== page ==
At this point I’m trying not to laugh. She takes the tiniest of tiny steps forward in the crib toward me (still standing in the doorway, unable to move). On a normal morning, she would have bounded toward me. After this Actual Baby Step, she ever so quietly, like barely audible, in the tiniest of whispers, with her big brown eyes still locked on me, said, “Hiiiiiiiiiiiiiii.”

All I could say as I forced myself into her room was, “Oh, Maeve. Oh, Maeve. Oh, Maeeeeve.”

Inside the crib there were more gifts, like an infomercial: “But wait, there’s more!” This kid is generous. Based on location of said “gifts,” I figure the crib gift was made after the diaper had met its demise. Like right there in the bed, on the sheets. Just willy-nilly, poopy-poopy everywhere.

She was reaching out to me now, with puckered lips and those darn doe eyes, practically begging me to pick her up, to rescue her from the field of fecality. But I was too grossed out. I wanted to step back. I wanted to, well, run. But I’m her mom, I argued with myself. This is what I have to do. This … is … what … moms … do.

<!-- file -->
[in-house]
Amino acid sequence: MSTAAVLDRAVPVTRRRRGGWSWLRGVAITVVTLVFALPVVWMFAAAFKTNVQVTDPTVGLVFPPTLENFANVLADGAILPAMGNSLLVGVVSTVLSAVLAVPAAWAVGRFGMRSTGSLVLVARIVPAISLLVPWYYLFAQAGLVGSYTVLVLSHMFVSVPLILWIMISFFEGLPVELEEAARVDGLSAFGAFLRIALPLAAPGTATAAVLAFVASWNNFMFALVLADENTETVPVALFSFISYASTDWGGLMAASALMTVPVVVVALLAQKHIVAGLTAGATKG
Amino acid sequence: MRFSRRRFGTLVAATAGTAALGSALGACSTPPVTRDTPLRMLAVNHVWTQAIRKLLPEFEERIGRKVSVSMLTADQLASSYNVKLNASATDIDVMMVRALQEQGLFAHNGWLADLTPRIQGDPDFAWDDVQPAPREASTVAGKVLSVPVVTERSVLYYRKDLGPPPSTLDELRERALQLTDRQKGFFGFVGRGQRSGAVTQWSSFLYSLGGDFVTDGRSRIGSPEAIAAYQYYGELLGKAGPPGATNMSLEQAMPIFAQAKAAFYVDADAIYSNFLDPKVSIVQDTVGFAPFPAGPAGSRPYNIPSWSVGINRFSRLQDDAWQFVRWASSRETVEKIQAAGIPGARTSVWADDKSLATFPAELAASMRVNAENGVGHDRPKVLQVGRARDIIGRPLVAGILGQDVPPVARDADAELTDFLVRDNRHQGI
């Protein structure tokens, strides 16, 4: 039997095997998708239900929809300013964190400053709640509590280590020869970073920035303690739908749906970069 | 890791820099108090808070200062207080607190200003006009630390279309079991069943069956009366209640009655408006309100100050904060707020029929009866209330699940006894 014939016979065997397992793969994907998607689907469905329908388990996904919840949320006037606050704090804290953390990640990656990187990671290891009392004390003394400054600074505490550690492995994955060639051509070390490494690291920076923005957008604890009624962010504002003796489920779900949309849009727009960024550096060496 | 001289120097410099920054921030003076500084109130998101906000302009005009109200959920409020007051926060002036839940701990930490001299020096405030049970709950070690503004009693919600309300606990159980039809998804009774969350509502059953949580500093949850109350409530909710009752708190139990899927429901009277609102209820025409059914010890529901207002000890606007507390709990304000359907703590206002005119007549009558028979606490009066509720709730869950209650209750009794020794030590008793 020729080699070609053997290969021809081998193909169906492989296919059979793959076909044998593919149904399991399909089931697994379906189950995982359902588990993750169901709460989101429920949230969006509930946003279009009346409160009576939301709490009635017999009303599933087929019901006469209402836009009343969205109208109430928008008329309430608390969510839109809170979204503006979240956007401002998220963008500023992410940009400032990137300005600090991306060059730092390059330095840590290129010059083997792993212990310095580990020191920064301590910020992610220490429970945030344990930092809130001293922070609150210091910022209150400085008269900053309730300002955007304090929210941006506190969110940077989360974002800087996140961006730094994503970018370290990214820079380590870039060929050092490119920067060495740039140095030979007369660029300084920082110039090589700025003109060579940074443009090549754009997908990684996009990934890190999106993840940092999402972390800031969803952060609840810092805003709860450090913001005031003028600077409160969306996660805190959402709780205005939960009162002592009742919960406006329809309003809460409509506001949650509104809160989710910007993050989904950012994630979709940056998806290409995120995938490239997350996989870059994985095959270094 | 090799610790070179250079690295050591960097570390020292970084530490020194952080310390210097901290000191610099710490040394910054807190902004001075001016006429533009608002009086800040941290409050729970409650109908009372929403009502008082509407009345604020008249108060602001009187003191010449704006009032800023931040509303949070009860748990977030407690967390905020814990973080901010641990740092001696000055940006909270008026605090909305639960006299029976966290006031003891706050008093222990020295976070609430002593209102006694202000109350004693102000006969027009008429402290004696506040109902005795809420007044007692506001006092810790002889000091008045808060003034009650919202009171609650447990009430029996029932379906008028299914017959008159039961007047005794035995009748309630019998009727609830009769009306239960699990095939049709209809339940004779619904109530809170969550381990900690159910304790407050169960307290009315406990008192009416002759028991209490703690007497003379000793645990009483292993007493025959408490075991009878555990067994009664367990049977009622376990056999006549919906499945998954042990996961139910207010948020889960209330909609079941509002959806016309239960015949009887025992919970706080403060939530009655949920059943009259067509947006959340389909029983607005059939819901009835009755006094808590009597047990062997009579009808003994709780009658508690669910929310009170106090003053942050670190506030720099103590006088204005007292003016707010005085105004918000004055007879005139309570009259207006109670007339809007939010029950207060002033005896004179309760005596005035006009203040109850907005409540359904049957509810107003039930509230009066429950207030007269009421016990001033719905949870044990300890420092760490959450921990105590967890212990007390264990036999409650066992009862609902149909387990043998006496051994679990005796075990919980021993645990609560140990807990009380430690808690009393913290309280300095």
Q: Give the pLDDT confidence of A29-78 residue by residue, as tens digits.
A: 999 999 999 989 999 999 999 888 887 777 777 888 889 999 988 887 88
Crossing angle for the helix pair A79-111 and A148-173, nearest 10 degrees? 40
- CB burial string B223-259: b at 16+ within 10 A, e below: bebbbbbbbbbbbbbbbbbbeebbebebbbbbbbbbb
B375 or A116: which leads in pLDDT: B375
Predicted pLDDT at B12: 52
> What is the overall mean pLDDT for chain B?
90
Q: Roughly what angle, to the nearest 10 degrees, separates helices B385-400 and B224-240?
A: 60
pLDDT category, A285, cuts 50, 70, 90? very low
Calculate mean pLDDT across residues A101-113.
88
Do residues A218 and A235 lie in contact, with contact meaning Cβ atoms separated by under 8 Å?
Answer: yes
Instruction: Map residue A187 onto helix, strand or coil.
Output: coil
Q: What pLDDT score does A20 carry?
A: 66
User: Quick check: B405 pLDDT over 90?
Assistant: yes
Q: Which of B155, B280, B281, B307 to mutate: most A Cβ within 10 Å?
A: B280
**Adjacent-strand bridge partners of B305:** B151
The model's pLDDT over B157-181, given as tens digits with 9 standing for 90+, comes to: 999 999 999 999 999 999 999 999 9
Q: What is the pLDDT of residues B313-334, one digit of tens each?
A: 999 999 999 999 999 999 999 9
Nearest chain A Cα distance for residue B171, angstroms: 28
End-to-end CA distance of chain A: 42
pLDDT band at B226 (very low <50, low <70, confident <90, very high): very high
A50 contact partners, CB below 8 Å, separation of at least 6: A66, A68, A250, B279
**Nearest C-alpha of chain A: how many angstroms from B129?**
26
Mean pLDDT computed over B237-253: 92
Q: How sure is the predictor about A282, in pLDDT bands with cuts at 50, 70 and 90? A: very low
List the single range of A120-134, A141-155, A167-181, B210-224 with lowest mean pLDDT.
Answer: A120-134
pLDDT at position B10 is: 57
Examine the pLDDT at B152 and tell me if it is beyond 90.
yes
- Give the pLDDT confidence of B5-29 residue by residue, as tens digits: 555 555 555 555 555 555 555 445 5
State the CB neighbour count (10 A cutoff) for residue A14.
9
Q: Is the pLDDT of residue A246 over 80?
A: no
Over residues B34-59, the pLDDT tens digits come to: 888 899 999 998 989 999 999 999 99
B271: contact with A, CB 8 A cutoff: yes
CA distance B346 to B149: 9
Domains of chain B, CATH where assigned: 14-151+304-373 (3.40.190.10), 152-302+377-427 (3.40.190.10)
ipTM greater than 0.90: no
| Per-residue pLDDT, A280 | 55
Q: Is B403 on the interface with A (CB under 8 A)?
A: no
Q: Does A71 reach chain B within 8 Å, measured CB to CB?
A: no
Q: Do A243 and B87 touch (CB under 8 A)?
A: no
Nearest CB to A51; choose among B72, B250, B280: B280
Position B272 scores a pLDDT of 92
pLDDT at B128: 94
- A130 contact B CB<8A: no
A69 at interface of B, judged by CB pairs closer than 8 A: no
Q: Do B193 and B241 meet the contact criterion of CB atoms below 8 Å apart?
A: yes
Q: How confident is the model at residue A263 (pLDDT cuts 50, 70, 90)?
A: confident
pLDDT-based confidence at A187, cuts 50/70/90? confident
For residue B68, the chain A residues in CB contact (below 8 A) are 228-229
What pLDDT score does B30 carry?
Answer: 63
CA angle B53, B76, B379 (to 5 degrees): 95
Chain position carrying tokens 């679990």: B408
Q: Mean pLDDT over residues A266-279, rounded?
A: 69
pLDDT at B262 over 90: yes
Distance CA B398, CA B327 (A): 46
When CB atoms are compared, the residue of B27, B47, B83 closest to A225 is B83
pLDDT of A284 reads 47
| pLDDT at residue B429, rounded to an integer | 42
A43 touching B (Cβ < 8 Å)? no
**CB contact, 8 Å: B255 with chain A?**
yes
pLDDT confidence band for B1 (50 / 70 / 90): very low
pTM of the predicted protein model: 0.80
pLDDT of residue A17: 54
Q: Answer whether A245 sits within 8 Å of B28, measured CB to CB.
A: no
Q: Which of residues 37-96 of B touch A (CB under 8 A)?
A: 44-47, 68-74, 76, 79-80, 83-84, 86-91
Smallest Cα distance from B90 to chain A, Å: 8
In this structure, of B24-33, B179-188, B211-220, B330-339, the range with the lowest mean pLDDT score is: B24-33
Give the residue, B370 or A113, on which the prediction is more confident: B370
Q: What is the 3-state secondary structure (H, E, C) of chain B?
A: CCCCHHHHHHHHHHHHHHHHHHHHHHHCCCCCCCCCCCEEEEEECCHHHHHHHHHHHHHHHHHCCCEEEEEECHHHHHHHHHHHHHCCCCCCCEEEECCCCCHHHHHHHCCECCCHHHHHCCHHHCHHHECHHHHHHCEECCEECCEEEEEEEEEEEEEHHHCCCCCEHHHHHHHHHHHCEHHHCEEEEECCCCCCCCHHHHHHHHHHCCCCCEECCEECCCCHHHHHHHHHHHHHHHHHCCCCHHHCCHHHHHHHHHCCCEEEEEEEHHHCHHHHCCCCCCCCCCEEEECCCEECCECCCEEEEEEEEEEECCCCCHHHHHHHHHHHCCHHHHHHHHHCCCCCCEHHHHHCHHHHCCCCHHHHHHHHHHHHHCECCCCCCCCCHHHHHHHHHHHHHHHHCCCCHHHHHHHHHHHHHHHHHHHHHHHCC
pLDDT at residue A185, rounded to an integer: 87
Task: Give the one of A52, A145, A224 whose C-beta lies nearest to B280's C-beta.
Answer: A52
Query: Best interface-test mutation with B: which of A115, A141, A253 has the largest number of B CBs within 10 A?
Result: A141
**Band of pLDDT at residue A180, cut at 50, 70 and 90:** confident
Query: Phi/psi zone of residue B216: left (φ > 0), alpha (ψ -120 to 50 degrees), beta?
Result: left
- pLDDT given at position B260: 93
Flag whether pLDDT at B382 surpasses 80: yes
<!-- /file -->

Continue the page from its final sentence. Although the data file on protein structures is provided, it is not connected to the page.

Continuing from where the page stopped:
So I plucked her from the crib only to realize her entire backside was also covered. I tried not to gasp too loudly — I didn’t want to scare the child. I just needed to get my bearings, to figure out how to place her on the changing table without making the mess worse. That, and I needed to boil my eyeballs and I’d be fine. She’d be fine. We’d be fine.

Mind you, the clock was still ticking, mocking me and my tardiness. I’d have to explain why I was late to work and this really wasn’t something I wanted to have to do. Out loud. To my boss.

I had to hurry.

So I took care of Maeve, cleaned the pile from the carpet and, as I headed out of the nursery, a giggling Maeve on my hip, I looked back at the crib and its sheets, still in their gooey glory.

Don’t “What!?” me. Come on, a girl can only take so much in one morning. The soiled crib would have to wait (for daddy to come home this afternoon and take care of it). After all, I was now really late.

And sharing is nice, right? Don’t we teach our children to share? So, call it role modeling on my part.

Even better, call it re-gifting. Yes, re-gifting.

What??? People do it all the time.

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Filed under Children, Diapers, Family, Gifts, Husbands, Maeve, Parenting

One of those days

Ever have one of those days?

When construction detours on your commute home from work actually lead to nowhere? When wind advisories and severe storm warnings slow traffic to a crawl? And when you finally arrive at your daughter’s nursery school she breaks into a big smile and toddles into your arms — only to spot a banana in her cubby and melt into a puddle on the floor when she can’t have it?